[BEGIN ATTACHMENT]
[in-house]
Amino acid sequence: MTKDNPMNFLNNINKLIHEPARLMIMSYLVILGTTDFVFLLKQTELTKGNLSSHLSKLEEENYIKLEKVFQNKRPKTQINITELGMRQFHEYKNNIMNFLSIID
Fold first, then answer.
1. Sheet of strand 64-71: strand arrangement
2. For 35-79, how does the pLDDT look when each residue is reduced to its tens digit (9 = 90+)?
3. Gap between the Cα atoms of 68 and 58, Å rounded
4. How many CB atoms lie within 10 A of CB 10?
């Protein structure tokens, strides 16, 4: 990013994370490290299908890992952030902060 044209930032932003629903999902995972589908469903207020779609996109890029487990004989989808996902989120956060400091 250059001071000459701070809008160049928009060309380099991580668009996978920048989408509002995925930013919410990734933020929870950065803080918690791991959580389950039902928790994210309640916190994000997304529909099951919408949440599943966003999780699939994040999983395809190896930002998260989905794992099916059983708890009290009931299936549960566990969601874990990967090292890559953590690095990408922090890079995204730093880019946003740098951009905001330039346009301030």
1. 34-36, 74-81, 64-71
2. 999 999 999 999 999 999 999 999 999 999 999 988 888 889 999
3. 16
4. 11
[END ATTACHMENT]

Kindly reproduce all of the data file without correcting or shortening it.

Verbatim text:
[in-house]
Amino acid sequence: MTKDNPMNFLNNINKLIHEPARLMIMSYLVILGTTDFVFLLKQTELTKGNLSSHLSKLEEENYIKLEKVFQNKRPKTQINITELGMRQFHEYKNNIMNFLSIID
Fold first, then answer.
1. Sheet of strand 64-71: strand arrangement
2. For 35-79, how does the pLDDT look when each residue is reduced to its tens digit (9 = 90+)?
3. Gap between the Cα atoms of 68 and 58, Å rounded
4. How many CB atoms lie within 10 A of CB 10?
């Protein structure tokens, strides 16, 4: 990013994370490290299908890992952030902060 044209930032932003629903999902995972589908469903207020779609996109890029487990004989989808996902989120956060400091 250059001071000459701070809008160049928009060309380099991580668009996978920048989408509002995925930013919410990734933020929870950065803080918690791991959580389950039902928790994210309640916190994000997304529909099951919408949440599943966003999780699939994040999983395809190896930002998260989905794992099916059983708890009290009931299936549960566990969601874990990967090292890559953590690095990408922090890079995204730093880019946003740098951009905001330039346009301030």
1. 34-36, 74-81, 64-71
2. 999 999 999 999 999 999 999 999 999 999 999 988 888 889 999
3. 16
4. 11